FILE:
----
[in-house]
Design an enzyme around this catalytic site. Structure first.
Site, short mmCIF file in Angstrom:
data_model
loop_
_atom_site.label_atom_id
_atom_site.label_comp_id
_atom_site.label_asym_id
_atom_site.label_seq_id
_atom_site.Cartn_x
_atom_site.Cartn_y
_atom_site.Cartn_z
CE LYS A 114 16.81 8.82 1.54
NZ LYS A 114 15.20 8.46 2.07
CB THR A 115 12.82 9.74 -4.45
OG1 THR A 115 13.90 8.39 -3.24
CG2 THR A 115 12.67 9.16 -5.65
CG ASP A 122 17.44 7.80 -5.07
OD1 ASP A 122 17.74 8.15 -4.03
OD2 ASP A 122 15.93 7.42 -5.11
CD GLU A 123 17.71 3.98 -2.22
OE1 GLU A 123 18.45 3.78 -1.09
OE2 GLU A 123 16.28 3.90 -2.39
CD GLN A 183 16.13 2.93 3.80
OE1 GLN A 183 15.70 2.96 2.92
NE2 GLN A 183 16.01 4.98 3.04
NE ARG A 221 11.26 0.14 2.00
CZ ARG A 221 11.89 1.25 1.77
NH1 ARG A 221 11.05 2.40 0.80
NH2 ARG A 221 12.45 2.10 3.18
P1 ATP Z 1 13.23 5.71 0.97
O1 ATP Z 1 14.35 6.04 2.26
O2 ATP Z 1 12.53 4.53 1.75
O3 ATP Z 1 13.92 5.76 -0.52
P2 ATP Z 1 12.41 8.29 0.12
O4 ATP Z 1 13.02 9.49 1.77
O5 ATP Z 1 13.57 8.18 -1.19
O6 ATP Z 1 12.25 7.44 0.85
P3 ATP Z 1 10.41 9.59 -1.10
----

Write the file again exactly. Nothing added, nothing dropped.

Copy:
[in-house]
Design an enzyme around this catalytic site. Structure first.
Site, short mmCIF file in Angstrom:
data_model
loop_
_atom_site.label_atom_id
_atom_site.label_comp_id
_atom_site.label_asym_id
_atom_site.label_seq_id
_atom_site.Cartn_x
_atom_site.Cartn_y
_atom_site.Cartn_z
CE LYS A 114 16.81 8.82 1.54
NZ LYS A 114 15.20 8.46 2.07
CB THR A 115 12.82 9.74 -4.45
OG1 THR A 115 13.90 8.39 -3.24
CG2 THR A 115 12.67 9.16 -5.65
CG ASP A 122 17.44 7.80 -5.07
OD1 ASP A 122 17.74 8.15 -4.03
OD2 ASP A 122 15.93 7.42 -5.11
CD GLU A 123 17.71 3.98 -2.22
OE1 GLU A 123 18.45 3.78 -1.09
OE2 GLU A 123 16.28 3.90 -2.39
CD GLN A 183 16.13 2.93 3.80
OE1 GLN A 183 15.70 2.96 2.92
NE2 GLN A 183 16.01 4.98 3.04
NE ARG A 221 11.26 0.14 2.00
CZ ARG A 221 11.89 1.25 1.77
NH1 ARG A 221 11.05 2.40 0.80
NH2 ARG A 221 12.45 2.10 3.18
P1 ATP Z 1 13.23 5.71 0.97
O1 ATP Z 1 14.35 6.04 2.26
O2 ATP Z 1 12.53 4.53 1.75
O3 ATP Z 1 13.92 5.76 -0.52
P2 ATP Z 1 12.41 8.29 0.12
O4 ATP Z 1 13.02 9.49 1.77
O5 ATP Z 1 13.57 8.18 -1.19
O6 ATP Z 1 12.25 7.44 0.85
P3 ATP Z 1 10.41 9.59 -1.10